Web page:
1. Textured vegetable protein (TVP) or textured soy protein
TVP is a new vegan’s best friend! It is extremely high in protein and soaks up the flavours of the liquid, broth or sauce that you cook it in. It’s an easy and healthy substitute for red meat. Unlike red meat, it’s extremely low in saturated fat with only 1.8g per 100g. TVP is also very low in fat because the fat is removed during production.
It’s made from soybeans and is often used in vegetarian patties and sausages.
I like to use TVP in tomato-based pasta dishes and it mimics the texture of ground beef mince well. There is definitely a weird aftertaste that no amount of pasta sauce can hide.
Tofu comes in all shapes and sizes; firm, medium, soft, silky. They can also come plain or pre-marinated. My absolute favourite would be Soyco’s Teriyaki Tofu, paired with steamed green beans and brown rice for the perfect lazy day dinner.
Firm tofu (pressed to remove some of the water) is the best for stir-frying, baking or grilling because it doesn’t crumble and fall apart. Soft or silky versions work perfectly for soups and I often used them when making miso soup or hot pot.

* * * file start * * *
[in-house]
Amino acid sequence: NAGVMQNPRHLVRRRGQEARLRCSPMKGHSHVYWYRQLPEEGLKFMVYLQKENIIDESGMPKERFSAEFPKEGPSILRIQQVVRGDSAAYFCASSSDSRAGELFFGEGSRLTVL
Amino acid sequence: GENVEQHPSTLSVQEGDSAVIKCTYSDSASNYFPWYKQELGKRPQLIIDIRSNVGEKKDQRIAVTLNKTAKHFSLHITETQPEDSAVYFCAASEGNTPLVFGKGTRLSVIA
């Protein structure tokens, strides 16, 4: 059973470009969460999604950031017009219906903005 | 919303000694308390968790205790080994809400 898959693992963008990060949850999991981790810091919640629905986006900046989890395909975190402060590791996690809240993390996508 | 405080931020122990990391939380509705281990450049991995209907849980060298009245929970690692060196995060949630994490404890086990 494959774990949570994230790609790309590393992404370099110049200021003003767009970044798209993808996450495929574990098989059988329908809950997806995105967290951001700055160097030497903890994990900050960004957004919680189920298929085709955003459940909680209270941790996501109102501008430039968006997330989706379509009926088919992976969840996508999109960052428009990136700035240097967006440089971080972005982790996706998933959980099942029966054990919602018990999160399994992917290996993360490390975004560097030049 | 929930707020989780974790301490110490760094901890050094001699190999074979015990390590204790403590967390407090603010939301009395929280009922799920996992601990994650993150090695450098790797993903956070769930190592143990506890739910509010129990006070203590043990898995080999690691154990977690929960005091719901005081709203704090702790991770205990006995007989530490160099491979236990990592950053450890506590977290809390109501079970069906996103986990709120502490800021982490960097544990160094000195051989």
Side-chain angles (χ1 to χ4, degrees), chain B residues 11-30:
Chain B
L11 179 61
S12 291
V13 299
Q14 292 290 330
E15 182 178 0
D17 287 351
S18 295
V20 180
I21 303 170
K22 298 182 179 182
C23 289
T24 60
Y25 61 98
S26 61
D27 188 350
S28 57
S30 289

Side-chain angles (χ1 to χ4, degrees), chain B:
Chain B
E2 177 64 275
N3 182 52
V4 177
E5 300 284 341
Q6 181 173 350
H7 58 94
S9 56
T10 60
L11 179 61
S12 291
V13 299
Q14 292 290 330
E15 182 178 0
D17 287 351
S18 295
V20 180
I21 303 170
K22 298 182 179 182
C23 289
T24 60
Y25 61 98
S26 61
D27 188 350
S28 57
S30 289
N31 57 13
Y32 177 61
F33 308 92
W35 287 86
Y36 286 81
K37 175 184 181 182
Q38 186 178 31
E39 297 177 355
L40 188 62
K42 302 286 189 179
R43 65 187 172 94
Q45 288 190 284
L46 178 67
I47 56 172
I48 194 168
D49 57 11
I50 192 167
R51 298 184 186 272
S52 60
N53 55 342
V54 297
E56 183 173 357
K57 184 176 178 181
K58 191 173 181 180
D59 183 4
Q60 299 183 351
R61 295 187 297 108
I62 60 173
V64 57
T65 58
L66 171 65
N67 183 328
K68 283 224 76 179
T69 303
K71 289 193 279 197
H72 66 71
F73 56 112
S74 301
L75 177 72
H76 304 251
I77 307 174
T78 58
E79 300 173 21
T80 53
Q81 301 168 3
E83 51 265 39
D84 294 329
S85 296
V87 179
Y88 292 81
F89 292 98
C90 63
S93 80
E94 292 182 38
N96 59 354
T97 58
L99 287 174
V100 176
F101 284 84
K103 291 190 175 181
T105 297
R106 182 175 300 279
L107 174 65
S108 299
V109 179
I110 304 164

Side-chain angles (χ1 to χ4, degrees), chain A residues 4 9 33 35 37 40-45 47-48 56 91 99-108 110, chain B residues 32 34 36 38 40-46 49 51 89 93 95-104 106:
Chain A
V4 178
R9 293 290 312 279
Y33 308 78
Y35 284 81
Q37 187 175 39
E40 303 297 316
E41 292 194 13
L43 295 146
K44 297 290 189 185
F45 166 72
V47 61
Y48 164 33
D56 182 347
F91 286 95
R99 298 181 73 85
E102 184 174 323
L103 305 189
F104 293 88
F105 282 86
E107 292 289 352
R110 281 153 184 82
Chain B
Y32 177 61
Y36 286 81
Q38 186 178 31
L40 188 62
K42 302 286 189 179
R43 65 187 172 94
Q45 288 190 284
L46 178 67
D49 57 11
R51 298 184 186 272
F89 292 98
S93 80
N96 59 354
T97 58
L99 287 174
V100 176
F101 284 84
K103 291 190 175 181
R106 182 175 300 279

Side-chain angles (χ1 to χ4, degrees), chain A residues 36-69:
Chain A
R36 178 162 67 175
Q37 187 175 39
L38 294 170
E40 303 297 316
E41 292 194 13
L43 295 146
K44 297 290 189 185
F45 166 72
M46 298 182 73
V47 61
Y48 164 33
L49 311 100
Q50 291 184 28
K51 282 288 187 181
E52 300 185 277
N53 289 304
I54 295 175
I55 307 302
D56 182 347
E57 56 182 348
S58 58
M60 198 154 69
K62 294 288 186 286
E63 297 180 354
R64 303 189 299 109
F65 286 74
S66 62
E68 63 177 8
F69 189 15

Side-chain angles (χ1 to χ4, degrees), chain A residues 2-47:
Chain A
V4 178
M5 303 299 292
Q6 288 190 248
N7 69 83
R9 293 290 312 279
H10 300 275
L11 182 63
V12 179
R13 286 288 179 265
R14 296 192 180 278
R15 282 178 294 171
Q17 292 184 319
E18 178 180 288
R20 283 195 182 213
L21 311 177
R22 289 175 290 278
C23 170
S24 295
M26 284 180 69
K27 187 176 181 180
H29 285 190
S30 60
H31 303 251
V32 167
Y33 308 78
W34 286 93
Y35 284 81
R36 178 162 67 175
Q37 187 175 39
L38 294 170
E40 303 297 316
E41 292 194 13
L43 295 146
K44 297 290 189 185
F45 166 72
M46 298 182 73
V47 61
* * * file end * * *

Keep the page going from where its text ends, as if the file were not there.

It is an underrated gem made from wheat gluten. Although it is derived from wheat, it’s low in carbohydrate, low in fat and high in protein.
While tofu gets all the credit for being a vegan-friendly, lean protein source, seitan is actually higher in protein and lower in fat than tofu. In my humble opinion, it tastes best when lightly pan-fried when it’s crispy and chewy. Seitan doesn’t quite absorb flavours as well as tofu but is still a great alternative.
It’s likely you’ve already tried seitan as it’s often used as the basis for other products in the supermarket including plant-based deli slices. If you’re searching for it in the supermarket, I’ll save you an awkward conversation; it’s pronounced “Say-Tan” and not “Satan”.
Very rarely does seitan make an appearance in my pantry, I’m less familiar with cooking it than tofu. That being said, I have eaten it since I was young in vegetarian stir-fries with a lot of lemongrass.